Fig. 2 DW holds a stick (tool 5 in Table 1) in his right hand.
Fig. 3 DW inserts the stick into the stone cave.
After some time with nobody in the front of the cave, DW came back at 10:15:43. He lay on the ground and looked at the cave. After MC and BB visited the cave again and left, OR (a 13-year-old male) came, stared at the cave, and then wielded tool 1. At 10:23:32, DW who remained at the place to the last finally left the place.
Pruetz & Bertolani3 argued that chimpanzees in Fongoli used tools as “spears” and not as probes or rousing tools. The Mahale case reported earlier1 was characterized as the use of a tool as a rousing tool. Some tools described in our report can also be classified as rousing tools; for example, tool 1 in the hyrax hunting was obviously a rousing tool because the vine was too weak to kill a prey. However, the tool used by MG eventually killed or at least severely injured the squirrel, although it was unknown whether MG intended to use the tool as a “weapon.” Tool 5 used by DW also had potential to kill the prey because of the thickness of the tool and his powerful poking movement, although the attempt was not successful. The sizes of tools used in these hunting episodes are mostly within the range of those of Fongoli hunting tools3, but the tool used by MG and tool 5 used by DW were thicker than Fongoli hunting tools. The intentional sharpening of tools by Mahale chimpanzees as in the case of Fongoli chimpanzees was not observed.
If there is some desirable thing in a hollow or in a cave, it is likely that any chimpanzee would insert some object like a stick. If the prey happens to come out, the stick becomes a rousing tool, and if it is killed, the same stick can be said to have worked as a “weapon.”
Is tool-assisted hunting rare?
Tool-assisted hunting attempts are rarely observed at Mahale with only 3 cases reported to date (including our 2 cases). However, it should be noted that at Mahale, we seldom see the very moment of capturing of squirrels or hyraxes. Unlike noisy colobus hunting, squirrel hunting is often confirmed only by seeing the carcass afterwards. Therefore, we cannot exclude the possibility that Mahale chimpanzees sometimes used tools in such occasions. Nishida6 observed that a female in the K group violently inserted and withdrew a stick with a “power grip” in and out of a tree hole (15cm in radius). At that time, mammalian prey did not come to his mind; thus, he assumed that this “expelling tool” was used to expel some kind of insects. He later observed similar behaviors by different females (Nishida, personal communication). It can now be considered that such expelling tools were used to hunt small mammals such as squirrels or galagos. In the case of hyrax hunting, since at least 6 individuals quickly showed interest in the rock cave, it seems unlikely that it was their first attempt to hunt hyrax in this manner.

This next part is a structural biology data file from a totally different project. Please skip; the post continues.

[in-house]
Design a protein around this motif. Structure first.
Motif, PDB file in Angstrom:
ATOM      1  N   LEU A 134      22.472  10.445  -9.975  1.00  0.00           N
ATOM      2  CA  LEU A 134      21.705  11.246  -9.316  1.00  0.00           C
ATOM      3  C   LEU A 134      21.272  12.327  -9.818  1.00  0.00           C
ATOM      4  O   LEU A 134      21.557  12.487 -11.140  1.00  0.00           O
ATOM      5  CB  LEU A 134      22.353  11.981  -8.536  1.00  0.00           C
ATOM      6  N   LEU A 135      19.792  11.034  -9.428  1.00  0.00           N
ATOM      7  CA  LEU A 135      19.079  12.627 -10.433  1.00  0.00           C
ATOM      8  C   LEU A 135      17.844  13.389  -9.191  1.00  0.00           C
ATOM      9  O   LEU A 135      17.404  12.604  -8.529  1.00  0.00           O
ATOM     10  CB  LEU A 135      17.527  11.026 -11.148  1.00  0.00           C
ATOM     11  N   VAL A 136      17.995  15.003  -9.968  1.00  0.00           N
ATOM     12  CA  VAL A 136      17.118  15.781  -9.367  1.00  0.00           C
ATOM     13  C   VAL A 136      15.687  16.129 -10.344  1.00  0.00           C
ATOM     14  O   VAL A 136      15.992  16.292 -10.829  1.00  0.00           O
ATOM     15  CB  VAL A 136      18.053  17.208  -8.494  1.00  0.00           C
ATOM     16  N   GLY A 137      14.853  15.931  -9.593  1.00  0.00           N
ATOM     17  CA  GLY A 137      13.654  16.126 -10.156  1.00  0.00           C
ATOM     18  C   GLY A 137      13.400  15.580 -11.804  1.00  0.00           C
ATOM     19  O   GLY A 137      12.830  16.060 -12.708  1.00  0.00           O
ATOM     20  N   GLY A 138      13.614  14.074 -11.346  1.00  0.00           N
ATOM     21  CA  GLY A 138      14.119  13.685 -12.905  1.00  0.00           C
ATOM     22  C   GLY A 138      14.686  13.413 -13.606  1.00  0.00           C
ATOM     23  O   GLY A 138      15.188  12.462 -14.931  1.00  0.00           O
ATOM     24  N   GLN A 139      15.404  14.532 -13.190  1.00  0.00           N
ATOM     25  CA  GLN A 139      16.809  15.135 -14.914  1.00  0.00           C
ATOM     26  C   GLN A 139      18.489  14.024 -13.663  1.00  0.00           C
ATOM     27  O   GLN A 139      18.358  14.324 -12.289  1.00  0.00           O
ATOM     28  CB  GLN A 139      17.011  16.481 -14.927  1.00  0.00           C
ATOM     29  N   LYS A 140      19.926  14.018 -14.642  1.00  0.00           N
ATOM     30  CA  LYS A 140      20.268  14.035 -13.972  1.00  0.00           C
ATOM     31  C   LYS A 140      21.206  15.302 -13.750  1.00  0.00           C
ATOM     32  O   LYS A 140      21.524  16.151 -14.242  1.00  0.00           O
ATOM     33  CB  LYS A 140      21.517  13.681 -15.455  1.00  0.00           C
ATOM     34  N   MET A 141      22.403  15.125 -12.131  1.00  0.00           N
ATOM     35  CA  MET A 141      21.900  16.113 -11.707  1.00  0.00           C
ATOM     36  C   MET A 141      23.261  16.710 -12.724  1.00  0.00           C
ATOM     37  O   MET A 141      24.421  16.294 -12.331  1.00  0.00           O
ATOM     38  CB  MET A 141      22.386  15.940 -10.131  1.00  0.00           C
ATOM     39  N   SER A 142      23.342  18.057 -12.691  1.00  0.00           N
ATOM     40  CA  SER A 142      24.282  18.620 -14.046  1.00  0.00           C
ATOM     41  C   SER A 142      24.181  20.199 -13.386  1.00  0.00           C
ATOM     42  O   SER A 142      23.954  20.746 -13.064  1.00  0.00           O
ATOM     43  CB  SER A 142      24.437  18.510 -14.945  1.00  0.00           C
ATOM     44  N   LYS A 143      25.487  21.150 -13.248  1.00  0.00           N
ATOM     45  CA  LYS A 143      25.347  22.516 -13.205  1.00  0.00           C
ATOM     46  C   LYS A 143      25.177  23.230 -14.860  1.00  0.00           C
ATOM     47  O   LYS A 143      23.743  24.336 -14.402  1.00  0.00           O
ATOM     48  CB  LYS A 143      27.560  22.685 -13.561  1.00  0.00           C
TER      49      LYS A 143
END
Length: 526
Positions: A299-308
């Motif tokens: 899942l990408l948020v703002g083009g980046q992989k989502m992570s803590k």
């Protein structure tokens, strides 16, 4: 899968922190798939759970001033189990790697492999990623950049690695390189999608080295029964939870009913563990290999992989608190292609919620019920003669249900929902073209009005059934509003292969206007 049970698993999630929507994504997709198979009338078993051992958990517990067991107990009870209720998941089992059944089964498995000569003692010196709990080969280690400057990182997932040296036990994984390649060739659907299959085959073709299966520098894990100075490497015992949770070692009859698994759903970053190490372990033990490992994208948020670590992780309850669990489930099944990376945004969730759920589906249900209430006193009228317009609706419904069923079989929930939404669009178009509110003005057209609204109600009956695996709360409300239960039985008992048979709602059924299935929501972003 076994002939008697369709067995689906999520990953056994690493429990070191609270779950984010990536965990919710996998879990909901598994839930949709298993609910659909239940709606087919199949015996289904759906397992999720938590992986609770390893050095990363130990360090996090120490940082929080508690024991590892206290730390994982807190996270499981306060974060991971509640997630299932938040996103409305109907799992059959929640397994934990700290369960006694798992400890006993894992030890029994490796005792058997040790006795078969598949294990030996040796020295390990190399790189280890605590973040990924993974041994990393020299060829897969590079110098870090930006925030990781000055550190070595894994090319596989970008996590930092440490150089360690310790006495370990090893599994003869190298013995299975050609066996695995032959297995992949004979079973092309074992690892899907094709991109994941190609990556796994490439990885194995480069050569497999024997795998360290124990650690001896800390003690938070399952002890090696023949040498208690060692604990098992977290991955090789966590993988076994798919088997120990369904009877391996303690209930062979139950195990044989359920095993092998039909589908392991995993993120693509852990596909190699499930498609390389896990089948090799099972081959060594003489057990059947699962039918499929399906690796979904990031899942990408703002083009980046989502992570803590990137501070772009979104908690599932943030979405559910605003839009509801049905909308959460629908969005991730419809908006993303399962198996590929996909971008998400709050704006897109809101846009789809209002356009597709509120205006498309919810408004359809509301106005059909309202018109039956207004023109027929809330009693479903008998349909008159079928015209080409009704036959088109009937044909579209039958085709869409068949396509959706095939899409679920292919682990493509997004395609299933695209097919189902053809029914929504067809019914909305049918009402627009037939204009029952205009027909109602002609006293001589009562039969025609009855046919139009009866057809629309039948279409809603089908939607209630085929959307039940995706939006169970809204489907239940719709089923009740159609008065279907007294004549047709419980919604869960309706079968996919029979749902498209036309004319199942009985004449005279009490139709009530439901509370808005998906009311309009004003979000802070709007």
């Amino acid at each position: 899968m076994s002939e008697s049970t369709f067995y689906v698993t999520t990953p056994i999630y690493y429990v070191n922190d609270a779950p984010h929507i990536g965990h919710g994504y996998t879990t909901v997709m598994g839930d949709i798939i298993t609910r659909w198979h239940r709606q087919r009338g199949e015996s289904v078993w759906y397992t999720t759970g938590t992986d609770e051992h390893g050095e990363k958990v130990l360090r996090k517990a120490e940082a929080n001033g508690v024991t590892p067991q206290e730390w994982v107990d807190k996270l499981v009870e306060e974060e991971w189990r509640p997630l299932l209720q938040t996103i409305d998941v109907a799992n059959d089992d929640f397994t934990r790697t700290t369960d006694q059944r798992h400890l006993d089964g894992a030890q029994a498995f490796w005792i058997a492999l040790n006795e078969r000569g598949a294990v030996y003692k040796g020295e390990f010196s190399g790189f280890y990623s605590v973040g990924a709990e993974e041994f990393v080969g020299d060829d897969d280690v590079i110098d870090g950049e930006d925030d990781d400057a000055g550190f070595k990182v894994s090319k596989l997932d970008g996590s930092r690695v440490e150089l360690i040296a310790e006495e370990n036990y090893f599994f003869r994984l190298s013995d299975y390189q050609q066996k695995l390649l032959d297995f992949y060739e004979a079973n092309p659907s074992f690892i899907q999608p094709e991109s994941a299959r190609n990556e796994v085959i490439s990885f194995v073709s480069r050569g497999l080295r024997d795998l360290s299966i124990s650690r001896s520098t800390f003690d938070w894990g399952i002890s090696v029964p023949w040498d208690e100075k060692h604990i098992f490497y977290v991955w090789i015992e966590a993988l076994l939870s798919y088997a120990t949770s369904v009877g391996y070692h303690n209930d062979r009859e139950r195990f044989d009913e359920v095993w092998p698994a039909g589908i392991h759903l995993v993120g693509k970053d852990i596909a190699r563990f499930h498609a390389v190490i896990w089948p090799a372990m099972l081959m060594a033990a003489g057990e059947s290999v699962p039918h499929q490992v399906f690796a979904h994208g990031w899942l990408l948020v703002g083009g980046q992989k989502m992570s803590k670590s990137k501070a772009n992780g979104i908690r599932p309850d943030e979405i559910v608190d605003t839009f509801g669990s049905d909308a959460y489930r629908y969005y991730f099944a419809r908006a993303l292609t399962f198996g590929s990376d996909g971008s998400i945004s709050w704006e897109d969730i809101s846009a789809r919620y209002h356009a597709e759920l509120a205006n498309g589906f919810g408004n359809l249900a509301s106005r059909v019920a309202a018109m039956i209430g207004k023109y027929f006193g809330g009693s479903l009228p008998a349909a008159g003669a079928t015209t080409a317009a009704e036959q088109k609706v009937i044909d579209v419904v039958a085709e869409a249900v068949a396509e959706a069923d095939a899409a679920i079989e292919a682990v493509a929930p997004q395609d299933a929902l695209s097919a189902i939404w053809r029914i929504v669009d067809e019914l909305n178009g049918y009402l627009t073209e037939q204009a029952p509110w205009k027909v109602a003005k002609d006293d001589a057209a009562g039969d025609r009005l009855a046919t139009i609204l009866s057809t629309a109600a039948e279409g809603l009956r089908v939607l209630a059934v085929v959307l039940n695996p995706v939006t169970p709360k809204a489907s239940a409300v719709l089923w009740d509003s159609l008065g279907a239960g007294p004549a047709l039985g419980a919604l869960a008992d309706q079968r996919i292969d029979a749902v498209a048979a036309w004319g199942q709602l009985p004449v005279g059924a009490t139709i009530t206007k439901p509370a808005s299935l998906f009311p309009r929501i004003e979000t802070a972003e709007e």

There are 2 possible reasons why tool-assisted hunting has not been observed regularly at other study sites, except at Fongoli. One reason is that there are more attractive preys at other sites. In other words, hollow- or cave-dwelling small mammals may be regarded as less preferred prey or may not be regarded as prey at all. MG liked to eat small animals such as squirrels and francolins, but there may be individual differences in such preference. Other individuals may not be so eager to catch such small animals. The other possible reason is observability. Unlike the savanna vegetation of Fongoli, dense forest vegetation of most chimpanzee habitats is also likely to prevent observation of tool-assisted hunting. We cannot sometimes see what other individual chimpanzees are doing when they are high up in the adjacent tree. Furthermore, in a majority of study sites, females and immature individuals have been less observed than males, especially when they are away from males; thus, there is a possibility that solitary and silent hunting attempts by such individuals may have been missed at other study sites.